Thousands of protesters, angry at the government's mishandling of Covid-19, had flooded onto the streets and clashed with police on Sunday.
President Kais Saied announced he would take charge with help from a new prime minister, saying he intended to bring calm to the country.
But opponents branded his move a coup.
After an emergency security meeting on Sunday, Mr Saied said in a televised address: "We have taken these decisions... until social peace returns to Tunisia and until we save the state."
Protesters erupted with celebrations at the news Prime Minister Hichem Mechichi had been sacked. President Saied joined crowds in the capital Tunis
Thousands of people had demonstrated against the ruling party in Tunis and other cities, shouting "Get out!", and calling for parliament to be dissolved.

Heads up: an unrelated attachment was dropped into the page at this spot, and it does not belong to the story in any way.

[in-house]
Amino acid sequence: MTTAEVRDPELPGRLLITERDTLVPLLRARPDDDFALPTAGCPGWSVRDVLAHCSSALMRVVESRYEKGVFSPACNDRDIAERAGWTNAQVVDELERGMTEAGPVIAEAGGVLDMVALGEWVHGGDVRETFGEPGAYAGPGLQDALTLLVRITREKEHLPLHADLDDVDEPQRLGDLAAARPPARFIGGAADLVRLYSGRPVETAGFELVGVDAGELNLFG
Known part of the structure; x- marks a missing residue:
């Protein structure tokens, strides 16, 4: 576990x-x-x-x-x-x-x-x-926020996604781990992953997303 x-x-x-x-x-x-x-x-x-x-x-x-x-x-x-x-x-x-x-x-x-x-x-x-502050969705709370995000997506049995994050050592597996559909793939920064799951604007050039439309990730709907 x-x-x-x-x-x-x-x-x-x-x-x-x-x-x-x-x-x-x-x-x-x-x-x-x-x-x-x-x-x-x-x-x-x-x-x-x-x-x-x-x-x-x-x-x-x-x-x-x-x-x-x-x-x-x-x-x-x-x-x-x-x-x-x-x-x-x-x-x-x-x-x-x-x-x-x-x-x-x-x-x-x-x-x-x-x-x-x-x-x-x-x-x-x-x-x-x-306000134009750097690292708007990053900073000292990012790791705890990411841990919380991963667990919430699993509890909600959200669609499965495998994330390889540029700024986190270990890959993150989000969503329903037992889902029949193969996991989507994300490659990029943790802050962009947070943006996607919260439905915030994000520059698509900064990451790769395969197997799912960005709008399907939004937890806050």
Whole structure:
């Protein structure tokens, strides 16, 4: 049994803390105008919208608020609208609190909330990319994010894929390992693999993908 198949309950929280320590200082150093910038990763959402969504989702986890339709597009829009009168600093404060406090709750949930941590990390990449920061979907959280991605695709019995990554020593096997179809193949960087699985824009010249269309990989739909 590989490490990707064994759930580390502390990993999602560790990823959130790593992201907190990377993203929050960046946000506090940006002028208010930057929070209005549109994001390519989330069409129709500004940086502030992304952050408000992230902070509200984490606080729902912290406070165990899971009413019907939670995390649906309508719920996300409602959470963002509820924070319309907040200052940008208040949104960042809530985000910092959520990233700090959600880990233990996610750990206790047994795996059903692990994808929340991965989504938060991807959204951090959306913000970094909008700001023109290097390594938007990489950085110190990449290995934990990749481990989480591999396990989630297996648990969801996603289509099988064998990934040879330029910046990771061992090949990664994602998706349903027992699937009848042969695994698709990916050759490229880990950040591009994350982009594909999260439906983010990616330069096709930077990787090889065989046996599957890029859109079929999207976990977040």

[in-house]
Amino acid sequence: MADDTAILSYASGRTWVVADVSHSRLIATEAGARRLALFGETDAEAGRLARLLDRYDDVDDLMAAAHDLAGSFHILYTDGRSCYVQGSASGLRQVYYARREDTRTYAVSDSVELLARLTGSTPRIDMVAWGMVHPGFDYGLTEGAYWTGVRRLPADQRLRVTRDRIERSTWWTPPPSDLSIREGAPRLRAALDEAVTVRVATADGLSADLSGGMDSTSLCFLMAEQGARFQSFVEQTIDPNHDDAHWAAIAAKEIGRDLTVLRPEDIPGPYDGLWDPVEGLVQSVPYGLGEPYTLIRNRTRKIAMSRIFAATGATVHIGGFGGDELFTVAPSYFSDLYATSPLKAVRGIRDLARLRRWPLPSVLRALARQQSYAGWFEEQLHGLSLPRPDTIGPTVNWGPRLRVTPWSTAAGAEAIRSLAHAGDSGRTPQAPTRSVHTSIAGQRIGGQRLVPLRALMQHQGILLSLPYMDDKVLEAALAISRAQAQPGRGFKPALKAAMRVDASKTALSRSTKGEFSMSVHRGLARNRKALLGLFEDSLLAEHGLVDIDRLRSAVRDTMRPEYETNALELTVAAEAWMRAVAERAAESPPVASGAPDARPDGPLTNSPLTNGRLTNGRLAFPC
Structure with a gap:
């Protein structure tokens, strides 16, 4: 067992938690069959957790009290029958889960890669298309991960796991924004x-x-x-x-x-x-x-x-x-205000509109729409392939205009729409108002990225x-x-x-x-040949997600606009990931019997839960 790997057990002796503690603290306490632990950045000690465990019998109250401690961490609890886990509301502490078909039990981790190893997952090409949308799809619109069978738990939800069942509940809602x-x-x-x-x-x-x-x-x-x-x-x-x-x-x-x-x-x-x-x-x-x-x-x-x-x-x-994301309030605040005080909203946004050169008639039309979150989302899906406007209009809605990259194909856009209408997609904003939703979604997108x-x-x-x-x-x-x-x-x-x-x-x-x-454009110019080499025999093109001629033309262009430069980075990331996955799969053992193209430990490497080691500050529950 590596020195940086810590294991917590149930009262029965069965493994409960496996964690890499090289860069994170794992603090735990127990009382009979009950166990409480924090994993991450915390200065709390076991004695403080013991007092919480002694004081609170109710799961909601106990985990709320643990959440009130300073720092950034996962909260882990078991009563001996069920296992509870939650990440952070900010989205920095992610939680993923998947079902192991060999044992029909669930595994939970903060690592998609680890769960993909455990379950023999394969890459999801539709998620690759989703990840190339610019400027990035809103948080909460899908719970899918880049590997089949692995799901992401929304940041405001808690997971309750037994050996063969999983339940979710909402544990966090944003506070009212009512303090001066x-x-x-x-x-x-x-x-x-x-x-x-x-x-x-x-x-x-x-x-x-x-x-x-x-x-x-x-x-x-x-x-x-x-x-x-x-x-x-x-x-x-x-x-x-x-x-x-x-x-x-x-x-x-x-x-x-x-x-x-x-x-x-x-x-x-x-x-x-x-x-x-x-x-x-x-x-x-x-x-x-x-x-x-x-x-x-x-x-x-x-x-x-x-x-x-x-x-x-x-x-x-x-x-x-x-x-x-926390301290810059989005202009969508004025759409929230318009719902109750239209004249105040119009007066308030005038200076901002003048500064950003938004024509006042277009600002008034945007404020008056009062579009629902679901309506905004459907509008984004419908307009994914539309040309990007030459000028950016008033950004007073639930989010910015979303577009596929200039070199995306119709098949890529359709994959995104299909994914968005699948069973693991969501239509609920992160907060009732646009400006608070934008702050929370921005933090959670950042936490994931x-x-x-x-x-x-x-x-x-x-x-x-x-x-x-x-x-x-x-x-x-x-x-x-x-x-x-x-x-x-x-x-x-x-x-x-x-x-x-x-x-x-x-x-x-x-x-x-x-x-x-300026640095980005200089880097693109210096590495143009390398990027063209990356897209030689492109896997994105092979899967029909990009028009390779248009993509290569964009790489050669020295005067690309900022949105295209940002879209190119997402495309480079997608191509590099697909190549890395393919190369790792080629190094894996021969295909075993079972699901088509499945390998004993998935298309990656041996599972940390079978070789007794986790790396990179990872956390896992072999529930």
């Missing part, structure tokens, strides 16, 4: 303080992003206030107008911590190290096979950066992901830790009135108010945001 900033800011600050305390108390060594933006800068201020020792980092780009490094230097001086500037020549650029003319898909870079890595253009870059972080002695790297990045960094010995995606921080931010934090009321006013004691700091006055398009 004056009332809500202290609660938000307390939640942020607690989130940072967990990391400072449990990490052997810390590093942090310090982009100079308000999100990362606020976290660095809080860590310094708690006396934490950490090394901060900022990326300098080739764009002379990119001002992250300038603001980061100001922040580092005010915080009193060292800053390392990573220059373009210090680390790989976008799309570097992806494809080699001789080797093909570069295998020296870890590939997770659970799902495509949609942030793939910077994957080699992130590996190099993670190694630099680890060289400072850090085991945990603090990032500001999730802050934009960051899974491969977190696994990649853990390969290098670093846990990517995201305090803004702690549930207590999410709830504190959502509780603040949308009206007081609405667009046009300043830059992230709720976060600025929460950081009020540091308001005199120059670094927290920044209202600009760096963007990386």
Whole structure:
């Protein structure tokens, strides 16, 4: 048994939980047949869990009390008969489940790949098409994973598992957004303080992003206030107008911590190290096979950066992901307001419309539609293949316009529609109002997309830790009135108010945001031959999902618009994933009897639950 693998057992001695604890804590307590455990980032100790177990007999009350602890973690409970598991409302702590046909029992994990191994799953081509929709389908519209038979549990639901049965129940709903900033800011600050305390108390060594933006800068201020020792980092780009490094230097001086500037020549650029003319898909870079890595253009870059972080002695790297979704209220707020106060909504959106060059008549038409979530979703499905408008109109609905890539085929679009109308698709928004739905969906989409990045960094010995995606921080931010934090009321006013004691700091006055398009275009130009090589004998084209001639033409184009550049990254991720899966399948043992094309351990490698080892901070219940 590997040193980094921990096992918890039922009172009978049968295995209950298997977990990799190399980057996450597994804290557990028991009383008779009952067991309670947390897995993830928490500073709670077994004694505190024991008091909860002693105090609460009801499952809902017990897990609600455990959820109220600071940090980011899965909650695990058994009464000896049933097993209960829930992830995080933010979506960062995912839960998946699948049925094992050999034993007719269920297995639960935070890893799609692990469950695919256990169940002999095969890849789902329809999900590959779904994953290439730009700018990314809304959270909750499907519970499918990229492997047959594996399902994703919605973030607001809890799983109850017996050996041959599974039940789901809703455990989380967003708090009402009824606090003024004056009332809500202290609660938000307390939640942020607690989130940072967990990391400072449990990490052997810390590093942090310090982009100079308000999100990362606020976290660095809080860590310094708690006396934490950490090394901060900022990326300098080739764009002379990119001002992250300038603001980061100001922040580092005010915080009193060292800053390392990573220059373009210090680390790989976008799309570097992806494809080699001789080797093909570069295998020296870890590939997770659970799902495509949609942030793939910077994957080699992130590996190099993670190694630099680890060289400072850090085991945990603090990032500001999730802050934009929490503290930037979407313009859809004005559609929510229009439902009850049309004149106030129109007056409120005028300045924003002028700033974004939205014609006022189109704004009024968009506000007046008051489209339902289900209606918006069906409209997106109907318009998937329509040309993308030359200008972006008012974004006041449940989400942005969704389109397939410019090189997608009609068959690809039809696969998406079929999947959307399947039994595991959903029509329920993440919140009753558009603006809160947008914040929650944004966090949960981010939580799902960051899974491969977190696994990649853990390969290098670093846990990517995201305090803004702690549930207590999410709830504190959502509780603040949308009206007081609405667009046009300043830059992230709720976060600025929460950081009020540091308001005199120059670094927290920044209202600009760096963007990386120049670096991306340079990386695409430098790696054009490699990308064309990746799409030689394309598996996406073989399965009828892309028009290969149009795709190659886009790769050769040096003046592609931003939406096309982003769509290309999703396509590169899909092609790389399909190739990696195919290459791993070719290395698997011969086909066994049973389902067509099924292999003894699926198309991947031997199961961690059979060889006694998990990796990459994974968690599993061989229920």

Security forces blocked off parliament and streets around central Avenue Bourguiba, the centre of anti-government protests during Tunisia's 2011 revolution.
Police fired tear gas at protesters and made arrests in several other towns.
Protesters stormed the offices of the governing Ennahda party, smashing computers and setting fire to its local headquarters in Touzeur.
The party denounced the attack, blaming "criminal gangs" who were trying to "seed chaos and destruction".